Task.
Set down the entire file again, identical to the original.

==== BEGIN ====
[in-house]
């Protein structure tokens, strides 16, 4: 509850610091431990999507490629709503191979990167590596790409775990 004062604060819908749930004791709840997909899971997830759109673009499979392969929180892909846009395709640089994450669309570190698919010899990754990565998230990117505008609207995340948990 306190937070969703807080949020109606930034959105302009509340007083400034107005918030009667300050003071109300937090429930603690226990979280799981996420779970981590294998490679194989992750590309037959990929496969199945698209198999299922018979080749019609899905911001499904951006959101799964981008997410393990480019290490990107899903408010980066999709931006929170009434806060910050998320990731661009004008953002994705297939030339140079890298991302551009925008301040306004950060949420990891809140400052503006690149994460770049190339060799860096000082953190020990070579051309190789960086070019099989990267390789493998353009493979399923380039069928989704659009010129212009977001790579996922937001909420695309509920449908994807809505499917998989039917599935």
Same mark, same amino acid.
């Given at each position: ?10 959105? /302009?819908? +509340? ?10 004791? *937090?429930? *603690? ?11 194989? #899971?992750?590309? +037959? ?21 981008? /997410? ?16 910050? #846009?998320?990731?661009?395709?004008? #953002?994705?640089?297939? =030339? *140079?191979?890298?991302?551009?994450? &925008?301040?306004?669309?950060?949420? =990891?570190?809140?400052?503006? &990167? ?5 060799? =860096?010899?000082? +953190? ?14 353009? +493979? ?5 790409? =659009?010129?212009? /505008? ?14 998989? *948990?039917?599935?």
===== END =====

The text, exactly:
[in-house]
């Protein structure tokens, strides 16, 4: 509850610091431990999507490629709503191979990167590596790409775990 004062604060819908749930004791709840997909899971997830759109673009499979392969929180892909846009395709640089994450669309570190698919010899990754990565998230990117505008609207995340948990 306190937070969703807080949020109606930034959105302009509340007083400034107005918030009667300050003071109300937090429930603690226990979280799981996420779970981590294998490679194989992750590309037959990929496969199945698209198999299922018979080749019609899905911001499904951006959101799964981008997410393990480019290490990107899903408010980066999709931006929170009434806060910050998320990731661009004008953002994705297939030339140079890298991302551009925008301040306004950060949420990891809140400052503006690149994460770049190339060799860096000082953190020990070579051309190789960086070019099989990267390789493998353009493979399923380039069928989704659009010129212009977001790579996922937001909420695309509920449908994807809505499917998989039917599935």
Same mark, same amino acid.
């Given at each position: ?10 959105? /302009?819908? +509340? ?10 004791? *937090?429930? *603690? ?11 194989? #899971?992750?590309? +037959? ?21 981008? /997410? ?16 910050? #846009?998320?990731?661009?395709?004008? #953002?994705?640089?297939? =030339? *140079?191979?890298?991302?551009?994450? &925008?301040?306004?669309?950060?949420? =990891?570190?809140?400052?503006? &990167? ?5 060799? =860096?010899?000082? +953190? ?14 353009? +493979? ?5 790409? =659009?010129?212009? /505008? ?14 998989? *948990?039917?599935?």